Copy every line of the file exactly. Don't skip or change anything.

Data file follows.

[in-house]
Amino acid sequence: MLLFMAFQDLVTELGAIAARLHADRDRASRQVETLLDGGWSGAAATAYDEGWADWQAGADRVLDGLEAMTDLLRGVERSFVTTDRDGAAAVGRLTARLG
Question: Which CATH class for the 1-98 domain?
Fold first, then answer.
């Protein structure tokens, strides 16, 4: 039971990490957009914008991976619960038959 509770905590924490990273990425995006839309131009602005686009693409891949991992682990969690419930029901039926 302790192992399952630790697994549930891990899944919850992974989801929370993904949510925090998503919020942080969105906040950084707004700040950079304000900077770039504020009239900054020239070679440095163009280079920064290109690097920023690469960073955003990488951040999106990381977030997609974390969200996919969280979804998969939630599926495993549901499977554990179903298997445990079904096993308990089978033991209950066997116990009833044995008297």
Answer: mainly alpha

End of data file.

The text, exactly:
[in-house]
Amino acid sequence: MLLFMAFQDLVTELGAIAARLHADRDRASRQVETLLDGGWSGAAATAYDEGWADWQAGADRVLDGLEAMTDLLRGVERSFVTTDRDGAAAVGRLTARLG
Question: Which CATH class for the 1-98 domain?
Fold first, then answer.
């Protein structure tokens, strides 16, 4: 039971990490957009914008991976619960038959 509770905590924490990273990425995006839309131009602005686009693409891949991992682990969690419930029901039926 302790192992399952630790697994549930891990899944919850992974989801929370993904949510925090998503919020942080969105906040950084707004700040950079304000900077770039504020009239900054020239070679440095163009280079920064290109690097920023690469960073955003990488951040999106990381977030997609974390969200996919969280979804998969939630599926495993549901499977554990179903298997445990079904096993308990089978033991209950066997116990009833044995008297």
Answer: mainly alpha